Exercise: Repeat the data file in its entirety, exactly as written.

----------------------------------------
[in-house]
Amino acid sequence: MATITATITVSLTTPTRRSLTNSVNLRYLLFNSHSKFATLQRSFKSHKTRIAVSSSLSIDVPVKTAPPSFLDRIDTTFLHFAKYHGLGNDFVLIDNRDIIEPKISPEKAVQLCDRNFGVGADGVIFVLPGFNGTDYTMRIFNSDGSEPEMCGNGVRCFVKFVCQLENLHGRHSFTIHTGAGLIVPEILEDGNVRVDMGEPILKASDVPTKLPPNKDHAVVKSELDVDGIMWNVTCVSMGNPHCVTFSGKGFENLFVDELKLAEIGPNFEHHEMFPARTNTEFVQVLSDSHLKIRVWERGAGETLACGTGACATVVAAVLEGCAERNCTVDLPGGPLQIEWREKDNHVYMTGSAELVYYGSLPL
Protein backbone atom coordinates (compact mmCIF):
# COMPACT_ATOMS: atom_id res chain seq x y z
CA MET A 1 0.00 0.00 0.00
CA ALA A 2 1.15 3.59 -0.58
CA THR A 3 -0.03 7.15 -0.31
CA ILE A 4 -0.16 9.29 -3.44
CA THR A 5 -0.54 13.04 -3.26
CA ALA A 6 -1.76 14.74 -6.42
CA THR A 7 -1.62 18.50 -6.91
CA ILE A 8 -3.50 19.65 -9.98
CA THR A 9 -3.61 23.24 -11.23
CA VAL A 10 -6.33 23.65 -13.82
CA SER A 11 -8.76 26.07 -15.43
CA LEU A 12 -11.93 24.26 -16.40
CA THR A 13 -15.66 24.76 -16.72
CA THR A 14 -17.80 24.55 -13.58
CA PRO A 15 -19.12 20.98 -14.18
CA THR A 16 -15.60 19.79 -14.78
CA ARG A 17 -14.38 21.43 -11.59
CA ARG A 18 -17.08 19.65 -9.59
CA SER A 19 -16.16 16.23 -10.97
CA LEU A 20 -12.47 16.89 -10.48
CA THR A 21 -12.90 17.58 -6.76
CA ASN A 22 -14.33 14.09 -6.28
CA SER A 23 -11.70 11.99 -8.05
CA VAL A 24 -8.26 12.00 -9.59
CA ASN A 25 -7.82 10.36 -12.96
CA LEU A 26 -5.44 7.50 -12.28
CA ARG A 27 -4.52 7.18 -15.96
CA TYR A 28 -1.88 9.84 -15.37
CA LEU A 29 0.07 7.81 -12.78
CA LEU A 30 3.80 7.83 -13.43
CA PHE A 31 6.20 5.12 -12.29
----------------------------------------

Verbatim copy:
[in-house]
Amino acid sequence: MATITATITVSLTTPTRRSLTNSVNLRYLLFNSHSKFATLQRSFKSHKTRIAVSSSLSIDVPVKTAPPSFLDRIDTTFLHFAKYHGLGNDFVLIDNRDIIEPKISPEKAVQLCDRNFGVGADGVIFVLPGFNGTDYTMRIFNSDGSEPEMCGNGVRCFVKFVCQLENLHGRHSFTIHTGAGLIVPEILEDGNVRVDMGEPILKASDVPTKLPPNKDHAVVKSELDVDGIMWNVTCVSMGNPHCVTFSGKGFENLFVDELKLAEIGPNFEHHEMFPARTNTEFVQVLSDSHLKIRVWERGAGETLACGTGACATVVAAVLEGCAERNCTVDLPGGPLQIEWREKDNHVYMTGSAELVYYGSLPL
Protein backbone atom coordinates (compact mmCIF):
# COMPACT_ATOMS: atom_id res chain seq x y z
CA MET A 1 0.00 0.00 0.00
CA ALA A 2 1.15 3.59 -0.58
CA THR A 3 -0.03 7.15 -0.31
CA ILE A 4 -0.16 9.29 -3.44
CA THR A 5 -0.54 13.04 -3.26
CA ALA A 6 -1.76 14.74 -6.42
CA THR A 7 -1.62 18.50 -6.91
CA ILE A 8 -3.50 19.65 -9.98
CA THR A 9 -3.61 23.24 -11.23
CA VAL A 10 -6.33 23.65 -13.82
CA SER A 11 -8.76 26.07 -15.43
CA LEU A 12 -11.93 24.26 -16.40
CA THR A 13 -15.66 24.76 -16.72
CA THR A 14 -17.80 24.55 -13.58
CA PRO A 15 -19.12 20.98 -14.18
CA THR A 16 -15.60 19.79 -14.78
CA ARG A 17 -14.38 21.43 -11.59
CA ARG A 18 -17.08 19.65 -9.59
CA SER A 19 -16.16 16.23 -10.97
CA LEU A 20 -12.47 16.89 -10.48
CA THR A 21 -12.90 17.58 -6.76
CA ASN A 22 -14.33 14.09 -6.28
CA SER A 23 -11.70 11.99 -8.05
CA VAL A 24 -8.26 12.00 -9.59
CA ASN A 25 -7.82 10.36 -12.96
CA LEU A 26 -5.44 7.50 -12.28
CA ARG A 27 -4.52 7.18 -15.96
CA TYR A 28 -1.88 9.84 -15.37
CA LEU A 29 0.07 7.81 -12.78
CA LEU A 30 3.80 7.83 -13.43
CA PHE A 31 6.20 5.12 -12.29